2. General Catalogue of 33,342 Stars, B. Boss, Carnegie Institution Publication 468, 1936 (five volumes). All stars to magnitude 7 and some fainter ones. Of lower accuracy than FK4, but larger number of stars is an important feature. Contains positions, proper motions, magnitudes and spectral types (e.g. GC 12104).

Stellar parallaxes, radial velocities & proper motions

  1. General Catalogue of Trigonometrical Stellar Parallaxes, L. F. Jenkins, Yale University Observatory, 1952. 5822 stars, all known parallaxes as at 1950. A Supplement appeared in 1963.
  2. General Catalogue of Stellar Radial Velocities, R. E. Wilson, Carnegie Institution Publication 601, 1953. 15,107 stars, all known radial velocities as at 1950.
  3. Bibliography of Stellar Radial Velocities, H. A. Abt and E. S. Biggs, Kitt Peak National Observatory, 1972. Contains about 44,000 references for 25,000 stars.
  4. W. J. Luyten, Catalogue of 9867 Stars in the Southern Hemisphere with proper motions exceeding 0”.2 annually, University of Minnesota, 1957. Luyten has published numerous other lists of stars of large proper motion.
  5. Catalogue of stars within a distance of 22 parsecs from the Sun: W. Gliese, Veröffentl. Astron. Rechnen-Institut, Heidelberg, No. 22, 1969. A supplement was published by W. Gliese and H. Jahreiss, Astron. Astrophys. Suppl., 38, 423, 1979. Another catalogue of nearby stars was given by R. Woolley et al., Royal Obs. Annals, 5, 1970.
  6. Proper Motions of Stars in the Zone Catalogue of 20,847 Stars, H. Spencer Jones and J. Jackson, Royal Observatory Cape, 1936; Cape Photographic Catalogue for 1950, J. Jackson and R. H. Stoy, Annals Cape Obs., 17-21. These two catalogues together cover declinations -30° to -90°.
  7. A Catalogue of High Velocity Stars, O. J. Eggen, Royal Obs. Bull., No. 84, 1964. Lists 656 stars with velocities exceeding 100 km/sec with respect to the Sun.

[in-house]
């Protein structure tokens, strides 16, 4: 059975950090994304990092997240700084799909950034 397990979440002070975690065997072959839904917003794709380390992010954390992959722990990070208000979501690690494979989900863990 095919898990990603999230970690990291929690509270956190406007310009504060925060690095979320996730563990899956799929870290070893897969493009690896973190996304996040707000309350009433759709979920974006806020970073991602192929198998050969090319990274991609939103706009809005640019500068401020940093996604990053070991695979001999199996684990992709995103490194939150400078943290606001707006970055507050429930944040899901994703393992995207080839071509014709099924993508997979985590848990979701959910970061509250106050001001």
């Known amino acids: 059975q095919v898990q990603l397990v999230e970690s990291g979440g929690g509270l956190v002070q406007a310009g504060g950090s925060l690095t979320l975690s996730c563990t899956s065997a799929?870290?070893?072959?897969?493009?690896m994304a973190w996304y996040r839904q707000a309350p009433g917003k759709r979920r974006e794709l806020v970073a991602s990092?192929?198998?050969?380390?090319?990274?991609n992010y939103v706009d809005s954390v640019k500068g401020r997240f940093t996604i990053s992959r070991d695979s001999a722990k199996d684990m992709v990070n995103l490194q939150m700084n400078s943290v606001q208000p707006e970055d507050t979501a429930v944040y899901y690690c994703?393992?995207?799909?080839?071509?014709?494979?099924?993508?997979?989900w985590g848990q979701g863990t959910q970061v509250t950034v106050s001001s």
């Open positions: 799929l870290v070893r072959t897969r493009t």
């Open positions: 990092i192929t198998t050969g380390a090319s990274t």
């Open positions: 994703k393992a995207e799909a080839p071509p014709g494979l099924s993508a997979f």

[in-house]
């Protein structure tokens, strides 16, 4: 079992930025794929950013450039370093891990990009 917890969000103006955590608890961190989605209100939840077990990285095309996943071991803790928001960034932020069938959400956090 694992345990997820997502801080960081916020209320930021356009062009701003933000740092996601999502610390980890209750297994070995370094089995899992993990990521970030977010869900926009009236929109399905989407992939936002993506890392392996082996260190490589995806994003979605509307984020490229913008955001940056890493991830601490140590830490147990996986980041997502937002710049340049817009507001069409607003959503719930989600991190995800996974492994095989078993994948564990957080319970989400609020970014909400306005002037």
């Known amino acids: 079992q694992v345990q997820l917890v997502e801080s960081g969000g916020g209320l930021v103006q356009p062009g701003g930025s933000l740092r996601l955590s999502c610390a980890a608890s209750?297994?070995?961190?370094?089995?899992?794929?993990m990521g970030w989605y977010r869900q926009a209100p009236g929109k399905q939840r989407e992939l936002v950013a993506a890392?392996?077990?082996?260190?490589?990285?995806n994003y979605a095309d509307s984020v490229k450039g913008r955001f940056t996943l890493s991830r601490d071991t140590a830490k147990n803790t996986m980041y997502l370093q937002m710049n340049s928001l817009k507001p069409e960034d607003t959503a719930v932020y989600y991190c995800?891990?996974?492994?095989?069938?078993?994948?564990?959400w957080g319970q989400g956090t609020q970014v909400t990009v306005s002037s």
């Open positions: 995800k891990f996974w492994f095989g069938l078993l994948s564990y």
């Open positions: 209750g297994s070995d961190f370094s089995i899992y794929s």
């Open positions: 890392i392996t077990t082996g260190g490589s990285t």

8. A Catalogue of Parallax Stars with MK Spectral Classifications, L. A. Breakiron and A. R. Upgren, Astrophys. J. Suppl., 41, 709, 1979.

Stellar spectra

  1. Henry Draper Catalogue, Harvard Annals, 91-99, 1918-24. 225,300 spectral types, complete to 8m.25 in N. Hemisphere and 8m.75 in S. Hemisphere, with many fainter stars. Also gives BD numbers for δ > -23°, CoD for -23° > δ > -52° and CPD for δ < -52°. One of the most useful catalogues ever produced (e.g. HD 125248).
  2. Henry Draper Extension, Harvard Annals, 100 and 102. 133,700 stars in various regions of sky, to magnitude 12.
  3. Many spectral types determined at Harvard and elsewhere have been incorporated in other catalogues and not published separately. See, for example, the Yale Catalogues and the General Catalogue, as well as the parallax and radial velocity catalogues and references listed above.
  4. Catalogue of Stellar Spectra Classified in the Morgan-Keenan System, C. Jaschek, H. Conde and A. C. de Sierra, Obs. Astron. Univ. Nacional La Plata, Ser. Astron. 28 (2), 1964. 20,857 entries.
  5. Michigan Spectral Catalogue, Vol. 1, N. Houk and A. Cowley, 1975; Vol. 2, N. Houk, 1978. Volume I contains 36,382 stars between declinations -90° and -53°; Volume 2, 30,400 stars between -53° and -40°. Part of a project to reclassify all the HD stars on the MK system.
  6. M. S. Roberts, A.J., 67, 79, 1962, gives a catalogue of Wolf-Rayet stars; H. W. Babcock, Ap. J. Suppl., 3, 141, 1958, a catalogue of magnetic stars; J. L. Greenstein, Handbuch der Physik, 50, 162, 1958, data on 81 better-known white dwarfs; W. P. Bidelman, Ap. J. Suppl., 1, 175, 1954, a catalogue of emission stars of types later than B; L. R. Wakerling, Mem. Roy. Astron. Soc., 73, 153, 1970, a catalogue of early-type emission-line stars.

Stellar magnitudes, colour indices & polarizations